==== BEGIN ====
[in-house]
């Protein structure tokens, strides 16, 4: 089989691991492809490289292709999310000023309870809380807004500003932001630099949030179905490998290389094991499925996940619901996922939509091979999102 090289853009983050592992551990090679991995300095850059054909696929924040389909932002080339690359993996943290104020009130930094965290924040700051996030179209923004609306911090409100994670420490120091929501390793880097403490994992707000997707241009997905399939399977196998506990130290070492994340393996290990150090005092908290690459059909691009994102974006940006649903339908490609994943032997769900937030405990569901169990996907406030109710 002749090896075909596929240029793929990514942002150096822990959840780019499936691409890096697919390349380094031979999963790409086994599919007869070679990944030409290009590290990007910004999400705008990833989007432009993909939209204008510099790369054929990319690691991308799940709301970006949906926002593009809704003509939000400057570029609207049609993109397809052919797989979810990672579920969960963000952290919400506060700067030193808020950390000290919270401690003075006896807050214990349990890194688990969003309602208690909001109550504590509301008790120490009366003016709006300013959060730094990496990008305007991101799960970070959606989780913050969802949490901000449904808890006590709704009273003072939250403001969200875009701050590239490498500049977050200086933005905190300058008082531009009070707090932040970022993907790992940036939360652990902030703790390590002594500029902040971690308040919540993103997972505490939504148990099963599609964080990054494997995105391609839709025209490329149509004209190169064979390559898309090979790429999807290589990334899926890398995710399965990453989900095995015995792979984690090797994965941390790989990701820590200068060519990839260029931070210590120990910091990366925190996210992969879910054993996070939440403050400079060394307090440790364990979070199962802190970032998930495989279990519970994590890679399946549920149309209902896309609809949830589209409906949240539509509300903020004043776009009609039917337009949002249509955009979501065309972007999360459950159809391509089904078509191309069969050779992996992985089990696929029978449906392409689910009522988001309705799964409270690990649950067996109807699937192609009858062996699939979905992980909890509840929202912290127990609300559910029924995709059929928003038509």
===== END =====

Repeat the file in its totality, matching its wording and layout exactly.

[in-house]
């Protein structure tokens, strides 16, 4: 089989691991492809490289292709999310000023309870809380807004500003932001630099949030179905490998290389094991499925996940619901996922939509091979999102 090289853009983050592992551990090679991995300095850059054909696929924040389909932002080339690359993996943290104020009130930094965290924040700051996030179209923004609306911090409100994670420490120091929501390793880097403490994992707000997707241009997905399939399977196998506990130290070492994340393996290990150090005092908290690459059909691009994102974006940006649903339908490609994943032997769900937030405990569901169990996907406030109710 002749090896075909596929240029793929990514942002150096822990959840780019499936691409890096697919390349380094031979999963790409086994599919007869070679990944030409290009590290990007910004999400705008990833989007432009993909939209204008510099790369054929990319690691991308799940709301970006949906926002593009809704003509939000400057570029609207049609993109397809052919797989979810990672579920969960963000952290919400506060700067030193808020950390000290919270401690003075006896807050214990349990890194688990969003309602208690909001109550504590509301008790120490009366003016709006300013959060730094990496990008305007991101799960970070959606989780913050969802949490901000449904808890006590709704009273003072939250403001969200875009701050590239490498500049977050200086933005905190300058008082531009009070707090932040970022993907790992940036939360652990902030703790390590002594500029902040971690308040919540993103997972505490939504148990099963599609964080990054494997995105391609839709025209490329149509004209190169064979390559898309090979790429999807290589990334899926890398995710399965990453989900095995015995792979984690090797994965941390790989990701820590200068060519990839260029931070210590120990910091990366925190996210992969879910054993996070939440403050400079060394307090440790364990979070199962802190970032998930495989279990519970994590890679399946549920149309209902896309609809949830589209409906949240539509509300903020004043776009009609039917337009949002249509955009979501065309972007999360459950159809391509089904078509191309069969050779992996992985089990696929029978449906392409689910009522988001309705799964409270690990649950067996109807699937192609009858062996699939979905992980909890509840929202912290127990609300559910029924995709059929928003038509």